No one would have taken the list of the most powerful people in India, published by India Today, as seriously as Harish Khare (“Be wary of false prophets,” April 24). He wants us, sober Indian citizens, to believe that the Manmohan Singh government has taken a few baby-steps towards instituting a new accountability structure. Where exactly is the “accountability structure?” Even a minor nuisance to the government at a time when people are being crushed under the ever increasing burden of corruption is welcome. Every social movement has different phases of development; it does not necessarily have to set Mumbai or Delhi on fire.
Satya Veer Singh,
Writing off Anna Hazare as a false prophet is akin to Ellen Wilkinson writing off Gandhiji as the best policeman the Britishers had in India. Mr. Hazare’s movement awakened people. The Delhi protests are a fallout of the India Against Corruption movement.
Sameer K. Gupta,
Anna’s crusade against the corrupt system in general, and the UPA in particular, will not lose relevance just because he does not figure in a magazine’s rankings.
What does the writer have to say about the very same magazine ranking Narendra Modi as the second most powerful politician in India?
It is not as if people have forgotten the significant contribution made by Anna Hazare in awakening our consciousness. If people gathered and protested for weeks after the gang rape in Delhi and are protesting now over the child rape, it is because of the momentum generated by Team Anna’s movement against corruption. No politician or industrialist on the lists of the most powerful has contributed in any way to awakening the collective will of India as the Anna clique has.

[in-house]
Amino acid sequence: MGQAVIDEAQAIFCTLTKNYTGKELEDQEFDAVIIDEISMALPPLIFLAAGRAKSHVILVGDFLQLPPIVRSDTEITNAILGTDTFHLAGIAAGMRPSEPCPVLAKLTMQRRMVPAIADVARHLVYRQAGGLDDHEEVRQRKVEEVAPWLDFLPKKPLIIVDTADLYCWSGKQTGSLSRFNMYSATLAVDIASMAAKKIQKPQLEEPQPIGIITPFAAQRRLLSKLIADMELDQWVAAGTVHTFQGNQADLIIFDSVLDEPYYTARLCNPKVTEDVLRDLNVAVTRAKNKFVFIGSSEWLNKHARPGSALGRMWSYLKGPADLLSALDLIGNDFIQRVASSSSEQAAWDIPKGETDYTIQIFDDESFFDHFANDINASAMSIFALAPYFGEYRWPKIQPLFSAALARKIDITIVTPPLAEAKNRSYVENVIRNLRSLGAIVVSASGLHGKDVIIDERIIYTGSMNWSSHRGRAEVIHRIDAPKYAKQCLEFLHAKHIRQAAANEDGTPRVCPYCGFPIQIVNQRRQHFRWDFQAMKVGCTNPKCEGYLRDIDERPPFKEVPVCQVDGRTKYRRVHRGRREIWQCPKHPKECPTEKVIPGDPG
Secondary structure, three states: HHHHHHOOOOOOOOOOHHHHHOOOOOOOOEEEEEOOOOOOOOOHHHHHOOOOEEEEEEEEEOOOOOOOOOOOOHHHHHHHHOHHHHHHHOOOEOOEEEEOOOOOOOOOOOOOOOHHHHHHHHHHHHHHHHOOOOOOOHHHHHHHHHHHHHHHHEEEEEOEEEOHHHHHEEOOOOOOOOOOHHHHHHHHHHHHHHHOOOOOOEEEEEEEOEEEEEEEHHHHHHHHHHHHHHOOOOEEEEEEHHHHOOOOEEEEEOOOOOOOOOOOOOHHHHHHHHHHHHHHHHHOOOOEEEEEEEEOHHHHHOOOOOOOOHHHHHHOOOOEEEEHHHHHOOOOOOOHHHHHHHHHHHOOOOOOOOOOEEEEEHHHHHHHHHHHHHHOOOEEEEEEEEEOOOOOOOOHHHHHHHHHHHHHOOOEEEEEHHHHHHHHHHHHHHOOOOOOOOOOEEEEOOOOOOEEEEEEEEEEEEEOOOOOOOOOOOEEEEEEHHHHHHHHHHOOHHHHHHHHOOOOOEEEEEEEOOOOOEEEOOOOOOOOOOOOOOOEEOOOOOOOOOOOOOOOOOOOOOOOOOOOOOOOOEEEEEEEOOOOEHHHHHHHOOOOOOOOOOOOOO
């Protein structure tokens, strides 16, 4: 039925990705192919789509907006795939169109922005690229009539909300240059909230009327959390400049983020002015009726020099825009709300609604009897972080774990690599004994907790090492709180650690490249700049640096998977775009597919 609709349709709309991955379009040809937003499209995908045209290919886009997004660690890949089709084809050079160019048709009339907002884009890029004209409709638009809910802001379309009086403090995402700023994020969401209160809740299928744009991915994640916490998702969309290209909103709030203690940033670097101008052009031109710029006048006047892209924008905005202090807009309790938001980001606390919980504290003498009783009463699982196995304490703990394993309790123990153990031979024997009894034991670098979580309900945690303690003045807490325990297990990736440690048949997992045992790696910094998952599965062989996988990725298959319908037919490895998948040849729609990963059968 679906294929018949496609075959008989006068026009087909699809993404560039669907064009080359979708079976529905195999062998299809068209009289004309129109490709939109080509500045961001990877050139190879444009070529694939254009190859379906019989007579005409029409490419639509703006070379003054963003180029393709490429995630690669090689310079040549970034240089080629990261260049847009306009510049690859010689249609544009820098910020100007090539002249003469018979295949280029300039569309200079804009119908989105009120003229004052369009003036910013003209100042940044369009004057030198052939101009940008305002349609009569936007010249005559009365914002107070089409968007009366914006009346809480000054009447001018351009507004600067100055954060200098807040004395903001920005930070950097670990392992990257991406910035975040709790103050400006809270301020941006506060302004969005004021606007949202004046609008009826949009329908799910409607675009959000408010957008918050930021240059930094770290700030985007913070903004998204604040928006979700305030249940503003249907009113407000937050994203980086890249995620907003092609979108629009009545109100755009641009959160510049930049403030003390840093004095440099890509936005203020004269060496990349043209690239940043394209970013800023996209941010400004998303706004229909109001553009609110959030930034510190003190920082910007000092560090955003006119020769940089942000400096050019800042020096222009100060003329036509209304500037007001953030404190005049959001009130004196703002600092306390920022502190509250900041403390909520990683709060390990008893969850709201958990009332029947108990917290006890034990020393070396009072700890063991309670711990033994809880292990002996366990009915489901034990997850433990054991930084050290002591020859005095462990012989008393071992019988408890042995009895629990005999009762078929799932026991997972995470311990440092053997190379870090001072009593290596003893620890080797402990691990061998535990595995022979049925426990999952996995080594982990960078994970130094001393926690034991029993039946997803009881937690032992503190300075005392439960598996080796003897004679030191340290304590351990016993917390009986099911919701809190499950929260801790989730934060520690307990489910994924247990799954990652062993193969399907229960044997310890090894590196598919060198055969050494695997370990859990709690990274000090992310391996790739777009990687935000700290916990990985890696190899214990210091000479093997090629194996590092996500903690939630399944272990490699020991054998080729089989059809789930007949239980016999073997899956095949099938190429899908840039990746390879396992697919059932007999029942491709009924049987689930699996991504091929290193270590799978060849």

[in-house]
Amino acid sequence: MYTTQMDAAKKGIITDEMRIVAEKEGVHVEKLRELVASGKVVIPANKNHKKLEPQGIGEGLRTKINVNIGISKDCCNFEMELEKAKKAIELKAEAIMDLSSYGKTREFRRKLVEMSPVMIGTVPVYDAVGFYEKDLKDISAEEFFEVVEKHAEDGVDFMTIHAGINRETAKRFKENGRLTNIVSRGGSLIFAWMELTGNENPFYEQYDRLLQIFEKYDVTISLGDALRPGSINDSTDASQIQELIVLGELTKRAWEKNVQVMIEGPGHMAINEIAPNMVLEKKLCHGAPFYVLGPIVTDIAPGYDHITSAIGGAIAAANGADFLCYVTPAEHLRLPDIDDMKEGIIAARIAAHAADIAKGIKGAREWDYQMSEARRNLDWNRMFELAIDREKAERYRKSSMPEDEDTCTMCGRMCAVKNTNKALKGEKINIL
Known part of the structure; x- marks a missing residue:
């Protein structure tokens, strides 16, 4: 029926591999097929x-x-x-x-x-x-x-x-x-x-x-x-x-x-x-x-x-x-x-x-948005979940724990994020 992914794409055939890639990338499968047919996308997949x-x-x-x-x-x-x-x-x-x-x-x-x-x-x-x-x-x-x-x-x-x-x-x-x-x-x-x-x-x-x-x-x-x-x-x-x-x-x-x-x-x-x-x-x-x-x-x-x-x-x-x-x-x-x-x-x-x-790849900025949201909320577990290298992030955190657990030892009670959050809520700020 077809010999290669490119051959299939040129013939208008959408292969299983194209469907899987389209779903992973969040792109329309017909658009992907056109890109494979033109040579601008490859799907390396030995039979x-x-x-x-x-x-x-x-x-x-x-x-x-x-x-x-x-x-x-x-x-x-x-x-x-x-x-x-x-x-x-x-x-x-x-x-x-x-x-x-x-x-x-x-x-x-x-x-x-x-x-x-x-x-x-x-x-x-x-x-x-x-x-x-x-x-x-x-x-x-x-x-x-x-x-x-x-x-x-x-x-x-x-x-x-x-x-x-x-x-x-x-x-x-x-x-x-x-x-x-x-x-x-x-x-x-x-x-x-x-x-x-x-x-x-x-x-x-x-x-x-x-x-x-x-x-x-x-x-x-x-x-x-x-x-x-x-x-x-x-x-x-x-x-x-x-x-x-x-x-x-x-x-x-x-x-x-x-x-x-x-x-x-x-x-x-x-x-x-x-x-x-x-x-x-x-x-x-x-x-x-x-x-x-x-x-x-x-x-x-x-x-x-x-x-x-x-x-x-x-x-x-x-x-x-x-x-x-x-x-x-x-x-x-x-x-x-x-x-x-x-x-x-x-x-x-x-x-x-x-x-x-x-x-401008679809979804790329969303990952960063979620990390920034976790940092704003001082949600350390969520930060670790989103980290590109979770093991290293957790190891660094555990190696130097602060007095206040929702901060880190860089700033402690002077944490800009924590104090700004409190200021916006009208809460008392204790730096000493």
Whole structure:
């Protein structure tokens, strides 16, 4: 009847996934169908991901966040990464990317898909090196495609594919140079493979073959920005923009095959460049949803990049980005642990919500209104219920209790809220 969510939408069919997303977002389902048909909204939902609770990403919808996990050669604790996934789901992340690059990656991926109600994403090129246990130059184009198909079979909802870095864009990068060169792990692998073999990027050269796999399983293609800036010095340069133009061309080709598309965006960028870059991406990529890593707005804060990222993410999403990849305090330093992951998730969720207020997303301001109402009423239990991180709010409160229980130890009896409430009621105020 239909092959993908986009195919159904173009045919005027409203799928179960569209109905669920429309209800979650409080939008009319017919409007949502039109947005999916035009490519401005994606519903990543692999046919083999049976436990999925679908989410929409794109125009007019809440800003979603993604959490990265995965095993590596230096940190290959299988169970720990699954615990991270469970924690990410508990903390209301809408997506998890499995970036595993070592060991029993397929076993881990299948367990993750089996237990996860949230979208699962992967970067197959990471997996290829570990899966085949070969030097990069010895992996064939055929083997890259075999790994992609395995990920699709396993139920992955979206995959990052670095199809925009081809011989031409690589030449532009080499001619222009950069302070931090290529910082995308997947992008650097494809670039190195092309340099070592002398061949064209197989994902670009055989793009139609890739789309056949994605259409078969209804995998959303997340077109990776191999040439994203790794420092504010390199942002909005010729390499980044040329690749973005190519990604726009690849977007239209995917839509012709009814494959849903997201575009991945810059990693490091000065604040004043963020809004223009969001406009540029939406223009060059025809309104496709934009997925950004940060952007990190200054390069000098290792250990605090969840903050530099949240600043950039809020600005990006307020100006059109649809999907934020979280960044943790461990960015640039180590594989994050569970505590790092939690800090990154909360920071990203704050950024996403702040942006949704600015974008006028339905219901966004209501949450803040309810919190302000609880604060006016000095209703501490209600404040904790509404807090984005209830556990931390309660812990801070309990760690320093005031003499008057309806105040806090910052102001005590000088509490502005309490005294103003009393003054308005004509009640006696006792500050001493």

Anna led a mass movement in which the youth participated enthusiastically, hoping that corruption could be brought to an end. The protests we see on the streets of Delhi today are the cascading effect of Anna Hazare’s movement. We do not need a leader whose name figures in the list of the most powerful.
The building of an aura around Anna, which happened in the course of his movement, might have been excessive. But let us not undermine the honesty behind the movement, which definitely triggered the mood against corruption across the country.
The fundamental flaw in the article is the characterisation of powerful men based on a magazine’s ratings. Ratings and rankings mean little to laymen and the middle class. Anna Hazare was responsible for the upsurge of the Indian middle class against the governance deficit in our country. He has certainly made the middle class a substantive voter constituency.
I am reminded of the article “Up and Down with Ecology: The Issue-Attention Cycle” by Anthony Downs published in The Public Interest in 1972. He says there are five distinct stages in which a society reacts to its domestic problems. The first stage is when the problem exists but has not yet captured public attention; the second stage of alarmed discovery is accompanied by euphoric enthusiasm that the problem can be solved in a relatively short time, often with a new law; in the third stage, citizens realise that solutions are not only costly, but also require major sacrifice by people themselves; the fourth stage sees a gradual decline in the public interest; and the fifth stage is “a twilight realm of lesser attention or spasmodic recurrences of interest.” India should address its domestic problems from the grass roots level rather than through an emotional outburst.
P.N. Vinod Babu,